AO World plc (lon:ao)
AO – Expanding But Forgotten About Profit?


ItemCurrent PeriodPrevious Period
Adjusted Earnings
Adjusted EBITDA(£3m)
Statutory Profit(£15m)(£16m)
Adjusted Profit
Total Debt
Net Debt£9m(£38m)
Title: AO – Expanding But Forgotten About Profit?
Company: AO - AO World plc
Share Price Then: 100p
Author: Ian Smith
Date: Tue 04 Jun 2019
Comments: The results released todays say that the group now has a net debt of £9.0m compared with net funds of £38.3 the previous year, debt increased over the year to fund the acquisition of MPD and construction of the new Plastics Plant in recycling.

The results also boast that the adjusted EBITDA is a loss of just £0.4 million down from £3.4 million although the loss per share rose to 3.78p up from 2.93p in 2018. Unfortunately the real loss was £15.2 million a slight improvement on £16.2 during the previous year.

Looking deeper into the numbers suggests to me that a profitable UK business is being dragged down by losses in Europe and expansion costs.

These sorts of results can be followed a few years later with the news that the overseas operations are being shut down, the bought in expansion wasn’t a success and there were lots of exceptional costs, but once you exclude them we again had a wonderful year!

The group bought Mobile Phones Direct Ltd which seems to me to be a really odd decision, unless something new appears, and 5G isn’t it, then mobile phones are now a mature market. There will always be demand but the growth phase is over and competition is pretty much based on price and price alone.

This purchase cost about £21 million in cash and new shares worth about £17 million which at current market capitalisation is about 7% of AO.

Prior to reading the reports I had never heard of Mobile Phones Direct or its web sites but MPD generated revenues of £121.7m and EBITDA of £5.5m in the year ended 31 March 2018. Ah yes, EBITDA again, any profits?

It appears that AO has sacrificed about 18 month’s worth of profitability in the core UK business to buy MPD which current numbers suggest will take 8 years plus to recover, if all goes well.

They group also commenced building a plastics recycling facility due to be operational during 2020 to give AO the capability to sort waste plastics from our fridge plants to create an additional sustainable revenue stream.

This is starting to get worryingly diverse, sell consumer electronics, recycle white goods, sell phones and contracts, they are pretty much unrelated businesses other than if you are selling a fridge you have a van and people in the right place to collect the old fridge.

The company can say we are investing for the future and that is fine but is it really investing for the future when you are borrowing to buy a business that is fully grown and enter into a market that you limited or no experience in?. At some point you have to stop incurring debt and make profits to pay it off.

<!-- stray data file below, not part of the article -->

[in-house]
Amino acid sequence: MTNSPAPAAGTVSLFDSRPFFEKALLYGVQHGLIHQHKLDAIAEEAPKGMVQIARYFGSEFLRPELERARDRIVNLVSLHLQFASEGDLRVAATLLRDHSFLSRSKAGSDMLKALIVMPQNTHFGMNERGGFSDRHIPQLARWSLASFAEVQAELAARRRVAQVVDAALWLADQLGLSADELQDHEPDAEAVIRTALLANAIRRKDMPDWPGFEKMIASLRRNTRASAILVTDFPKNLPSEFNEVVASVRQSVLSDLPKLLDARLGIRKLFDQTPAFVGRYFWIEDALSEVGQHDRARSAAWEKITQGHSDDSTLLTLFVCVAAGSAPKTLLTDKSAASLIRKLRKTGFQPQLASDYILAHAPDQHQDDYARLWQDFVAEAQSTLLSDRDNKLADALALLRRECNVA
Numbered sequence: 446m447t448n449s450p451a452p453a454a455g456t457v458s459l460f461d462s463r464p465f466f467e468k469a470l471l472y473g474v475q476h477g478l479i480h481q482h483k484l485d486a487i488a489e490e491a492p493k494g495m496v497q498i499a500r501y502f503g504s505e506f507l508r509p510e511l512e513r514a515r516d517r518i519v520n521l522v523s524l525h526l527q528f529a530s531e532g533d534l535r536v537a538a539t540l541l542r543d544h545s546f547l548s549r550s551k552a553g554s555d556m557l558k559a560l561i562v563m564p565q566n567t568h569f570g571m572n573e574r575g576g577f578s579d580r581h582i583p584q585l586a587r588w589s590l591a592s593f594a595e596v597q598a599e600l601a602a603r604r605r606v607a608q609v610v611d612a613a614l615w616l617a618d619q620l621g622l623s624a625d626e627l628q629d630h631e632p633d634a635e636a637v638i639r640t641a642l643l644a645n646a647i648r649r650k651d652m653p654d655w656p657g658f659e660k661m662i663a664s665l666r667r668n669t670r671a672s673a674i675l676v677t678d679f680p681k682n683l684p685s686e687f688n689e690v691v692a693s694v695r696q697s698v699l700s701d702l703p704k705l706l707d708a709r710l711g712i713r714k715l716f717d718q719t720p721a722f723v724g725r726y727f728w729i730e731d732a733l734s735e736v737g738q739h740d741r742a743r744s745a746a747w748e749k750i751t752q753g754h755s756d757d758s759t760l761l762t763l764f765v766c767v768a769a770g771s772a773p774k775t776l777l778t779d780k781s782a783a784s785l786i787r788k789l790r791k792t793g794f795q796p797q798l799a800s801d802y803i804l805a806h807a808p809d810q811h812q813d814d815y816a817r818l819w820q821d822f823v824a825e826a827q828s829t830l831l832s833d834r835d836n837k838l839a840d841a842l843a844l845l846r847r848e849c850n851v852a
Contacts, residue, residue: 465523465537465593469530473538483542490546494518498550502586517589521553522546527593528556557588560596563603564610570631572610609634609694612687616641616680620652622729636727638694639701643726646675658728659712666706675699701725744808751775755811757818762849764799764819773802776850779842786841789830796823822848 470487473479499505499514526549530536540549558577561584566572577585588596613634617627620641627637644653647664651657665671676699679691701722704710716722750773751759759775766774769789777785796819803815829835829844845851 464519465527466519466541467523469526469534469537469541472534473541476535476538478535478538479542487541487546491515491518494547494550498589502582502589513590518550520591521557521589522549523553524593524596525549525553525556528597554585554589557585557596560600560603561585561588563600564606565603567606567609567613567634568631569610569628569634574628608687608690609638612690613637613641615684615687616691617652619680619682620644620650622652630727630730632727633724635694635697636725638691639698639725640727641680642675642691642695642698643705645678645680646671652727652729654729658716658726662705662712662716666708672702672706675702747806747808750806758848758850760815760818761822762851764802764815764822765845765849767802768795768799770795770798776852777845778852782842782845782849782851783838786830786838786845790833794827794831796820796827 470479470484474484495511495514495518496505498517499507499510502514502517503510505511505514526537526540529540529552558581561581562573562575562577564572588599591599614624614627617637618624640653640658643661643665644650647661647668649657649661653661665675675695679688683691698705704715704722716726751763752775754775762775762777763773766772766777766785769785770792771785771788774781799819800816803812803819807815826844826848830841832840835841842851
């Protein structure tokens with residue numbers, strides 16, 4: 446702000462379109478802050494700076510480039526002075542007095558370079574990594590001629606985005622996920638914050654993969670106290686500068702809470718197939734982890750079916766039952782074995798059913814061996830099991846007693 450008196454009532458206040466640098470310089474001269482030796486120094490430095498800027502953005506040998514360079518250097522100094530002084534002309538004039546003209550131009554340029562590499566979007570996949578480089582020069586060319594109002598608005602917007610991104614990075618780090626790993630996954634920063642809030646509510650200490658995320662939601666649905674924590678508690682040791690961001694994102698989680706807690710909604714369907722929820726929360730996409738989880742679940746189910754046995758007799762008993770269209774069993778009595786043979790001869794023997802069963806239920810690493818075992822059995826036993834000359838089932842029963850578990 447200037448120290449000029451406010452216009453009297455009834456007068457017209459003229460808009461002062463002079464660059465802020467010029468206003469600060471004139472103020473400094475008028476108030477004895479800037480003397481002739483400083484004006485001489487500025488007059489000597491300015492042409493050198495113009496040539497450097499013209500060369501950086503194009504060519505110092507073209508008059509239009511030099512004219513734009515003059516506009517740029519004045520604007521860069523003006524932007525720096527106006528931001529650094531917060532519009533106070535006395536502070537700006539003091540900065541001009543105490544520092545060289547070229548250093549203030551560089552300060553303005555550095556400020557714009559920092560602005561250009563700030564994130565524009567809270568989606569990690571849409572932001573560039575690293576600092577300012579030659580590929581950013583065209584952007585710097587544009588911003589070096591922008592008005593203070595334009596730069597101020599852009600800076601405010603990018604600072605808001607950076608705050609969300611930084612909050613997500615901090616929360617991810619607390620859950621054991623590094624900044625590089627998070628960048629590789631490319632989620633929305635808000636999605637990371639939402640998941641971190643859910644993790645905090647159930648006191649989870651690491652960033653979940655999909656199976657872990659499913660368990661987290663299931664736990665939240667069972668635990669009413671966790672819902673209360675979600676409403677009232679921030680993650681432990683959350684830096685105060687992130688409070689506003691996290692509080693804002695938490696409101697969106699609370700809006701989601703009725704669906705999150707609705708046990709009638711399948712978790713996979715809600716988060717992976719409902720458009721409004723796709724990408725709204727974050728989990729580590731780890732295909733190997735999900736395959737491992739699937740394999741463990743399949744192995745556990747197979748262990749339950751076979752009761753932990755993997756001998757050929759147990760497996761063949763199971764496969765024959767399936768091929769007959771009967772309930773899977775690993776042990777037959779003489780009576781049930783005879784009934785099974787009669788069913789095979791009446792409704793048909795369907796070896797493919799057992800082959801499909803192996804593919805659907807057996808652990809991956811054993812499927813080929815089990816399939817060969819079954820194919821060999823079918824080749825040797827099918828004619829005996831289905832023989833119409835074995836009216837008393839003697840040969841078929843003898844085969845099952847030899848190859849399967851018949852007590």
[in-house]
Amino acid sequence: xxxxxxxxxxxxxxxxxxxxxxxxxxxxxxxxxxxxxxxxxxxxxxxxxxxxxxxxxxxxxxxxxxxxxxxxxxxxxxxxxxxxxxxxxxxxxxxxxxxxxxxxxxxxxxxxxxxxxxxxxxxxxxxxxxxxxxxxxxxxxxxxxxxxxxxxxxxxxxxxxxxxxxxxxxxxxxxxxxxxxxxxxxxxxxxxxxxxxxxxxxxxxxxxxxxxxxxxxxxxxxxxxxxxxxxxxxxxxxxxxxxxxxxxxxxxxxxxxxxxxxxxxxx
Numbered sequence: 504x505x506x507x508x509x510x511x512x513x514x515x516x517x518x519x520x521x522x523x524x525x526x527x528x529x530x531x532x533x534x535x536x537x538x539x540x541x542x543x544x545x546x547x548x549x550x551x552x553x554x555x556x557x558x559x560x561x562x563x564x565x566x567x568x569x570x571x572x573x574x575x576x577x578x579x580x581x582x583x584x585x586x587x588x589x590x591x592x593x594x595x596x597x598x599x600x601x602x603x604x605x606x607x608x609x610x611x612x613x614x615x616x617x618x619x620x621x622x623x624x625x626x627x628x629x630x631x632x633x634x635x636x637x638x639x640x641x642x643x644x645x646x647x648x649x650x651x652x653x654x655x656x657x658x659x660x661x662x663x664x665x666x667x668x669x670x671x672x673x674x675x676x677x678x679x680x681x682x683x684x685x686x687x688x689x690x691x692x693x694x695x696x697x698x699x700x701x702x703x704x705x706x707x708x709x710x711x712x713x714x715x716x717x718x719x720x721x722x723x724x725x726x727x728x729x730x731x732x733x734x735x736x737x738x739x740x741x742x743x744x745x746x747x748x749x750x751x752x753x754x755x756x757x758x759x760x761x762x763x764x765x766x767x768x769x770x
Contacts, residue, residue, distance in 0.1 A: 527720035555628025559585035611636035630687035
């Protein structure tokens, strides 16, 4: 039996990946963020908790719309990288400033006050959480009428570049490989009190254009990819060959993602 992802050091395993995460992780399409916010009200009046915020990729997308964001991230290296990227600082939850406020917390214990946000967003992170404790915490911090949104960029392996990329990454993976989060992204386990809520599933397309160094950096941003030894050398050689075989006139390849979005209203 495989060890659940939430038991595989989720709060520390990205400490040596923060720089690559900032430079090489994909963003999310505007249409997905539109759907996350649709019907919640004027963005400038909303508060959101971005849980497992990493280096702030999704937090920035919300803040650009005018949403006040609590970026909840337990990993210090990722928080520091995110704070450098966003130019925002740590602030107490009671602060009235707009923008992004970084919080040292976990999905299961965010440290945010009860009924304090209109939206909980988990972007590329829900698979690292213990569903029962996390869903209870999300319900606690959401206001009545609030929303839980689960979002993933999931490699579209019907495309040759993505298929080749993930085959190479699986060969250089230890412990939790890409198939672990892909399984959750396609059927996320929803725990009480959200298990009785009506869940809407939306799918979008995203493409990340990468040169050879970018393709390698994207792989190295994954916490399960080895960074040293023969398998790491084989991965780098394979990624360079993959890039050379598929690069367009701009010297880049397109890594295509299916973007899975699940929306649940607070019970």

The more I look the more that I see successful businesses becoming unsuccessful by the debt repayments and the fact that the debt allowed them to do things that would never have done had they tried to grow the business organically.

I also found it disappointing to note that bonuses and incentives are heavily based on Adjusted EBITDA rather than a GAAP approved number.
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Previous Commentaries On AO World plc
Date Share Price Author Commentary
Thu 13 Jul 2017117pIan Smith

AO (Lets Go) Has It Missed The Boat?

AO Word is an on line electrical retailer who has spent sufficiently on advertising that even I as a consumber have heard of them.

However for the year ending March 2017 they reported an increased loss of £12m up from £10m the previous year,

This might have been fine if they were a newish company as losses are to be expected when set up costs are huge, but they have been around since 2000, although they didn't float until 2014.

It is true that a lot of the losses seem to be coming from European expansion rather than the UK bussiness they are still losses!

If all was going to plan it seems unlikely that the share placing in March 2017 would have been necessary, increasing the number of shares in circulation by about 9% and raising about £50m at 132p per share.

Note that the current share price is below this issue price.

As far as I can see it is pretty much a "Me Too" brand as far as consumers are concerned, this may be a problem as "bricks and mortar" retailers are getting closer to internet prices.

Why go to an out of town shoping centre to examine a product and then order from AO if the shop is offereing the same price?

It's all very well talking about Our Culture and great reviews on Trust Pilot in year end reports rather than announcing a dividend, but I would be worried that the business is one of those who having raised a fortune at the time of the IPO has forgotten that it is supposed to be making a profit.